Date: 1/26/18 8:13 pm
From: Thor Manson <thormanson...>
Subject: Re: [AZNMbirds] Almost No Sinaloa Wren
Hi again birders: Ken Blankenship and I have been corresponding about my sighting of a Loggerhead Shrike/Sinaloa Wren encounter this morning. What I didn't realize initially is that he posted his first e-mail to me on the listserve as well, which, of course, is perfectly fine. Since he asked me a few questions about this sighting in this e-mail, it is probably appropriate that I reply here as well.

I acknowledge everything Ken said about the shrike, but, to be honest, at the time, I didn't think the situation, other than actually witnessing the event, was all that unusual. As Ken says, and as I am sure everyone who has walked this trail has noticed, there is a large " agricultural field " in close proximity to the Santa Cruz in this area. What I neglected to tell Ken in my e-mail was that there was considerable small bird activity in the leaf litter that included the wren. Initially I had trouble picking out the wren as one second I would be looking at the wren, and then, with a little shuffle, the next second I was looking at a Song Sparrow. I remember commenting to a fellow birder that there was a lot of movement in that understory. To me, it would not be inconceivable that a shrike sitting on the fence line in fairly close proximity to this activity would notice the movements, and come in to investigate. Of course I am just speculating.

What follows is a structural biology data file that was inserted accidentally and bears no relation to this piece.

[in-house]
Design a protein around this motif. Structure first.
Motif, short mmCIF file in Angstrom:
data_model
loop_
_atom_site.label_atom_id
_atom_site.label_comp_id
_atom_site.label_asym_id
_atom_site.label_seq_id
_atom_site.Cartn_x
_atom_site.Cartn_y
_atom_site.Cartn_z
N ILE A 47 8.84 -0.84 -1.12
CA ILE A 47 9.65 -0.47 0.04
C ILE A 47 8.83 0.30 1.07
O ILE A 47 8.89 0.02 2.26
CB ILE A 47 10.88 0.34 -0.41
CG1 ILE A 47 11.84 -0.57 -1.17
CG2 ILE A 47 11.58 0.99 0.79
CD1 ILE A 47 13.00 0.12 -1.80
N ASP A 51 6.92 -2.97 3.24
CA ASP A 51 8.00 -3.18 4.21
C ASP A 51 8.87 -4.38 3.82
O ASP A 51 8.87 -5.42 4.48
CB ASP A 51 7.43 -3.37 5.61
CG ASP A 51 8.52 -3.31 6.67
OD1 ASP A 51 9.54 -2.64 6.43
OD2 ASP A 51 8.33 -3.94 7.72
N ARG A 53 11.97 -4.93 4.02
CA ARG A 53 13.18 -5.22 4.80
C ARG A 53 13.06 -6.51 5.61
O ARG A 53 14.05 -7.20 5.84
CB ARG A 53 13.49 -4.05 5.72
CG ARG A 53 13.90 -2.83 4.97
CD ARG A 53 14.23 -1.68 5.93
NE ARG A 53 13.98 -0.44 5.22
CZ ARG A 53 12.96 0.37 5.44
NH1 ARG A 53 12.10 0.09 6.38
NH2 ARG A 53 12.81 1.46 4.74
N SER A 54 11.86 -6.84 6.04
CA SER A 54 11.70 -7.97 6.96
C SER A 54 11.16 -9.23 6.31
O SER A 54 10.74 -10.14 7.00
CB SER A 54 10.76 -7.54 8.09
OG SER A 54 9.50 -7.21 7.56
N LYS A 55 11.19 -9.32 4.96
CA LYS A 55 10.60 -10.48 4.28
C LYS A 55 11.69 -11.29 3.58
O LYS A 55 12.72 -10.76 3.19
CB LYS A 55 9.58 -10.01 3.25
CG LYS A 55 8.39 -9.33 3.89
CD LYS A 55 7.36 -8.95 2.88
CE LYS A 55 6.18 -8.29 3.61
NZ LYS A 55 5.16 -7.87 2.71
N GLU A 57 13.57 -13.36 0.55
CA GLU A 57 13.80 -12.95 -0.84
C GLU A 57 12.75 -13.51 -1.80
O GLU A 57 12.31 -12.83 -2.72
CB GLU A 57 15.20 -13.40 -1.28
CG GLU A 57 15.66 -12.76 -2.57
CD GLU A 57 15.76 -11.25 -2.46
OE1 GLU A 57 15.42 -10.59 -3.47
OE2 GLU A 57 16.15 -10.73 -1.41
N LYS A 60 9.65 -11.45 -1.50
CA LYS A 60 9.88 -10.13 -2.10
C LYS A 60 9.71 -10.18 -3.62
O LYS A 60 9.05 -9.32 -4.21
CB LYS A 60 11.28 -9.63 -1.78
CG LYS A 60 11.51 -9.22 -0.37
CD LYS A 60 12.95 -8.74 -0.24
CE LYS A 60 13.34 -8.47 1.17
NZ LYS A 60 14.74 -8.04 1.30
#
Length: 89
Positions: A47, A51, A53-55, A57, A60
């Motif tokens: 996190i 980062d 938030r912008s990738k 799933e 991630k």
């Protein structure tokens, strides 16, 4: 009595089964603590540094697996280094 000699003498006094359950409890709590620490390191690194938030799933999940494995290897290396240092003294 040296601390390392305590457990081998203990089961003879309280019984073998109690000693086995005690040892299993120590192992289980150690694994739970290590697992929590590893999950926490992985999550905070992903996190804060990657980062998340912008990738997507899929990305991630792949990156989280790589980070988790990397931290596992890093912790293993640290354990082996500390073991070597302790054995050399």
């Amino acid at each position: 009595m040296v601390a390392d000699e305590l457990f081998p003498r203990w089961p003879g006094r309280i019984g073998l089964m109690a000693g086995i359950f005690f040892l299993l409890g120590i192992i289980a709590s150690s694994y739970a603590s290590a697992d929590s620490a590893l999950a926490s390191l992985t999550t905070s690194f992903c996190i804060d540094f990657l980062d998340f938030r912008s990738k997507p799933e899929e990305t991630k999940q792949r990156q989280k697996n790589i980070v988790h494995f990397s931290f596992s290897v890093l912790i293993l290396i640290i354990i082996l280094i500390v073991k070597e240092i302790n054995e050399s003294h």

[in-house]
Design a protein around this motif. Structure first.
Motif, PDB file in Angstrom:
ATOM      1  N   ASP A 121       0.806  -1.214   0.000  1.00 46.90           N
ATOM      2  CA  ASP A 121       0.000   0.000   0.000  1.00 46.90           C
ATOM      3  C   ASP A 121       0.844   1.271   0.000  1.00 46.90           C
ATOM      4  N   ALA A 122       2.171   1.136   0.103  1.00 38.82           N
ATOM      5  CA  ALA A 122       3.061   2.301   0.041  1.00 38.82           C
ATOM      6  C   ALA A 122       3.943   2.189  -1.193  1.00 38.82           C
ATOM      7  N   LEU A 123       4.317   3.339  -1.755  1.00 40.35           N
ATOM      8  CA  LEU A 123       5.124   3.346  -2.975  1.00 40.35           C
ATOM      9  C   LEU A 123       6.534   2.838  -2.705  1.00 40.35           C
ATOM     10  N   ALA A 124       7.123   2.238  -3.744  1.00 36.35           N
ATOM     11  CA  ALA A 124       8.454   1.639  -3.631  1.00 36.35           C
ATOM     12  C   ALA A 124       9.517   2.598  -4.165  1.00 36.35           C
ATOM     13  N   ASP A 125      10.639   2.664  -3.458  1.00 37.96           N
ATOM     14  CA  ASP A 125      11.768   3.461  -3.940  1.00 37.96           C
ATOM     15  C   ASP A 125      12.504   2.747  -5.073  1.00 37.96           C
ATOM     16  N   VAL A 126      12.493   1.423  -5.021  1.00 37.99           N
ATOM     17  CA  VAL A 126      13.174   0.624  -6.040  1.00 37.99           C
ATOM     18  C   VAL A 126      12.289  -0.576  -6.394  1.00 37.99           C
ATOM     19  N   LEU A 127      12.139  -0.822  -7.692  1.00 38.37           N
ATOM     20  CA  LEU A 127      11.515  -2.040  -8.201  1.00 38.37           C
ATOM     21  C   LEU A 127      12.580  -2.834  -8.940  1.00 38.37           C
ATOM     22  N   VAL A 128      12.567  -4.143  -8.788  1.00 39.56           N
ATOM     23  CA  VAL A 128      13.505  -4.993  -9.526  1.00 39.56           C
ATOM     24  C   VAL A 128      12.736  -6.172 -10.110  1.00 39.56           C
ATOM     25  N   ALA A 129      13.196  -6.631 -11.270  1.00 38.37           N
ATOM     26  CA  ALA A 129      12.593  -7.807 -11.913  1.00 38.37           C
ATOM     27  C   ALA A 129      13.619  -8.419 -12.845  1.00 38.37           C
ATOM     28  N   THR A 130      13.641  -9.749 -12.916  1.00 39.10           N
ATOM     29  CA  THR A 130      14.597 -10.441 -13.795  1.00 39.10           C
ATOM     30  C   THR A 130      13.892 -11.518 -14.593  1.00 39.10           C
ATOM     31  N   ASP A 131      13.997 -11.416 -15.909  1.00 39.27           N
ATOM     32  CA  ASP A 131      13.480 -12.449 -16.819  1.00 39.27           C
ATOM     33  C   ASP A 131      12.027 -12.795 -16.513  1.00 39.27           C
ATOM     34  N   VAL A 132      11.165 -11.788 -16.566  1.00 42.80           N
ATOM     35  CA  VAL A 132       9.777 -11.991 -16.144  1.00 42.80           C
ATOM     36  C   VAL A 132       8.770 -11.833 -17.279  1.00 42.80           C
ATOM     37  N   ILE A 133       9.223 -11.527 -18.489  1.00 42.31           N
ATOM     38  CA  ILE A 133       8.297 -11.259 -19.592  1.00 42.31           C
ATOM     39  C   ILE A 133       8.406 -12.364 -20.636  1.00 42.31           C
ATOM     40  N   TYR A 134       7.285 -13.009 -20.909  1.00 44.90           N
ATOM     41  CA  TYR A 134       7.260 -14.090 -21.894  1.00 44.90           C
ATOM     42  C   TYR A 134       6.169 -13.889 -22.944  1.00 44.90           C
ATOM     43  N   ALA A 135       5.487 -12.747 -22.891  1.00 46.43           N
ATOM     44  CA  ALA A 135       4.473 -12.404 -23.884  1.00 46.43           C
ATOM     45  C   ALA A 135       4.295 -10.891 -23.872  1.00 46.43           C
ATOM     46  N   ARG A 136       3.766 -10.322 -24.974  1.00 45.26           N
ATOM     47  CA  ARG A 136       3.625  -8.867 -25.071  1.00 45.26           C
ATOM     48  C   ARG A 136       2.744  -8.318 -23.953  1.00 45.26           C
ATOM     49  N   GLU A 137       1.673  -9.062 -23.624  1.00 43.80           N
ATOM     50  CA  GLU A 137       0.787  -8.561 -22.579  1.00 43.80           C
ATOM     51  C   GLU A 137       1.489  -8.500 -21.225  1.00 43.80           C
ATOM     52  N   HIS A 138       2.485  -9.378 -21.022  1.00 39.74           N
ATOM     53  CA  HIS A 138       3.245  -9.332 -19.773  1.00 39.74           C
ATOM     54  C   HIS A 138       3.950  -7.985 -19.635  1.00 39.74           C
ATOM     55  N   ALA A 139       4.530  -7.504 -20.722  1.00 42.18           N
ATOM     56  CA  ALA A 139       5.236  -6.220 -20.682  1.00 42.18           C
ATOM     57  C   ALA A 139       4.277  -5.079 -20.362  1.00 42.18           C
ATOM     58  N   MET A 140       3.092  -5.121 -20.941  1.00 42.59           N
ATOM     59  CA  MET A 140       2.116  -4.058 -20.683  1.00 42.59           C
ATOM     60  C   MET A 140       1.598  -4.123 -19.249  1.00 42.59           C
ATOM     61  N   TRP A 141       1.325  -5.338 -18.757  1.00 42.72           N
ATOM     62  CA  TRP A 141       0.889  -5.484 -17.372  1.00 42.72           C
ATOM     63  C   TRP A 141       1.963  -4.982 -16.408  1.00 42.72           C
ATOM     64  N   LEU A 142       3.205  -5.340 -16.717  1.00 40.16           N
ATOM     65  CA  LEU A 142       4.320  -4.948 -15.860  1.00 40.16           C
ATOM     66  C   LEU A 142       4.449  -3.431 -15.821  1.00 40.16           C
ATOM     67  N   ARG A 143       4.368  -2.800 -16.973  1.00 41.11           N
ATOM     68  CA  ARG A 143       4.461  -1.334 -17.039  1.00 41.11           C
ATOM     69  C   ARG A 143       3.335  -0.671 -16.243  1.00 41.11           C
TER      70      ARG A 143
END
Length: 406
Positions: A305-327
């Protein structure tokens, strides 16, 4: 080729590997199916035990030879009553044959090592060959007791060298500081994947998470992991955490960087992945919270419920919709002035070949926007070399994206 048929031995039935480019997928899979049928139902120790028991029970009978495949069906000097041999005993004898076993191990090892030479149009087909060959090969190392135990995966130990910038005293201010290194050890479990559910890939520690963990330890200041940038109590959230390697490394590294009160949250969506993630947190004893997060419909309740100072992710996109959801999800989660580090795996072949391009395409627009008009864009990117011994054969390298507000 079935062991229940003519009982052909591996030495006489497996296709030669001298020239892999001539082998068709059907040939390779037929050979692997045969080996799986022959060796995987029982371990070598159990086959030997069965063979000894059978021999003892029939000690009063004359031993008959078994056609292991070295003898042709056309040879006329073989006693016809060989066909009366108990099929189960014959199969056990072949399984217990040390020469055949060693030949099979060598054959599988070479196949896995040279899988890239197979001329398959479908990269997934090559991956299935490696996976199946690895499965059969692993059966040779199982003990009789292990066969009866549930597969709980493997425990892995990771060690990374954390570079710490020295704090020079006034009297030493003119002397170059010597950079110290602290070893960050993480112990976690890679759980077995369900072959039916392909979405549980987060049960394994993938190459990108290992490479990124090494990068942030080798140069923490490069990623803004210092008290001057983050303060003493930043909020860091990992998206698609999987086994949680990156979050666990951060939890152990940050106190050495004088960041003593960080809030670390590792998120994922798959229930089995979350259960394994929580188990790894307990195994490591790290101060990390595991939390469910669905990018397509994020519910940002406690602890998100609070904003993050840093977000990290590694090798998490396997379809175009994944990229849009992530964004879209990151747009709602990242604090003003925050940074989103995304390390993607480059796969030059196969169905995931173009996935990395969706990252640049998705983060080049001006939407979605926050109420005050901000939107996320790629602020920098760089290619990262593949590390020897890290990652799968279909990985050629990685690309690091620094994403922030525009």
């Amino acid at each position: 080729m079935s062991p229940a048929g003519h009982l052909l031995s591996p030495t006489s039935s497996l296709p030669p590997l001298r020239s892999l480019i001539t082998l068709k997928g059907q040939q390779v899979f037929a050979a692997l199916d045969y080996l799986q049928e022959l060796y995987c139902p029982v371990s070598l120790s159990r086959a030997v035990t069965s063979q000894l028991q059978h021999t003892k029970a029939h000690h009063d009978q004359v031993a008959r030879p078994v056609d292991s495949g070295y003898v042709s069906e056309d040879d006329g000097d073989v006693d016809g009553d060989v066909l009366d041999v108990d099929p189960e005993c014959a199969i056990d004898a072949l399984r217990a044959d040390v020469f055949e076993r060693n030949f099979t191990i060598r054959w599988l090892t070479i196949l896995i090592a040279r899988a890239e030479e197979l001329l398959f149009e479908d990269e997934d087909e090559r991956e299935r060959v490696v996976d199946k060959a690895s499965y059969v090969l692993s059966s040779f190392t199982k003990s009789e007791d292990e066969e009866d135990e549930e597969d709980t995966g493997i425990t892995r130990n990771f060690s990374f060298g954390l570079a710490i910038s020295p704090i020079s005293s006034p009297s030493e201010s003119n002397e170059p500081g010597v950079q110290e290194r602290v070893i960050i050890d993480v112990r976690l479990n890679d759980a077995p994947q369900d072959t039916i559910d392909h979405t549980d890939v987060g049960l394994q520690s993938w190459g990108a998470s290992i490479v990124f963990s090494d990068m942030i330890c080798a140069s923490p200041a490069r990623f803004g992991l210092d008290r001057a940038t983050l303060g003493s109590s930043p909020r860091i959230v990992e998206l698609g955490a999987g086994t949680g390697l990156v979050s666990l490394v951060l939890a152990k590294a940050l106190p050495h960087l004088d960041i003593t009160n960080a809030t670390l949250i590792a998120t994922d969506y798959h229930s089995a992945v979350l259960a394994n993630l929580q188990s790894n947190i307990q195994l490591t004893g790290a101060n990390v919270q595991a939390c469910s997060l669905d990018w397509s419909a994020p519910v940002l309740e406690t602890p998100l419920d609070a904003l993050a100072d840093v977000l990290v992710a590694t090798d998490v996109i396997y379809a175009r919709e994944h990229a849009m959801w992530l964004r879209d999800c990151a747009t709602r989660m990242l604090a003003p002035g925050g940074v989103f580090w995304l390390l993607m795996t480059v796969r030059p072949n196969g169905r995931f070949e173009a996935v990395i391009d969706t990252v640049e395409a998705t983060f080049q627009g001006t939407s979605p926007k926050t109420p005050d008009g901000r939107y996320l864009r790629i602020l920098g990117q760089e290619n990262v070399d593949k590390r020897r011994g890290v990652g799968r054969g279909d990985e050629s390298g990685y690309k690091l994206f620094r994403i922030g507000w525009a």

After the wren temporarily disappeared behind a log, it seemed that the other few birders in the area were satisfied with their look and moved on. I, on the other hand, was trying for a photo, so I tried to stealthily move around to the other side of the log which was adjacent to the previously described brush pile. I did pick up the wren again, and it was at this point that the shrike moved in for a try at the wren. There is no doubt, ( in my mind anyway ), that this was a shrike. I have noticed Northern Mockingbird in this same area, but this was not a mockingbird. Although I was interested in photographing the wren, my first objective always is to get an i.d. on the bird(s), and then take the photo second. As this action occurred very quickly I lost my chance for a photo, although I did get some pics later on of the wren in the location further down the trail. To the best of my knowledge, no one else witnessed the interaction between the shrike and the wren.

So, ultimately, as in all of these single observer situations, without photos, the observation, and the resulting report is what it is. I doubt very much I will ever see that kind of action between those two species again. And as I said before the really good news is that the wren lived to see another day.


Thor Manson

Green Valley, Arizona


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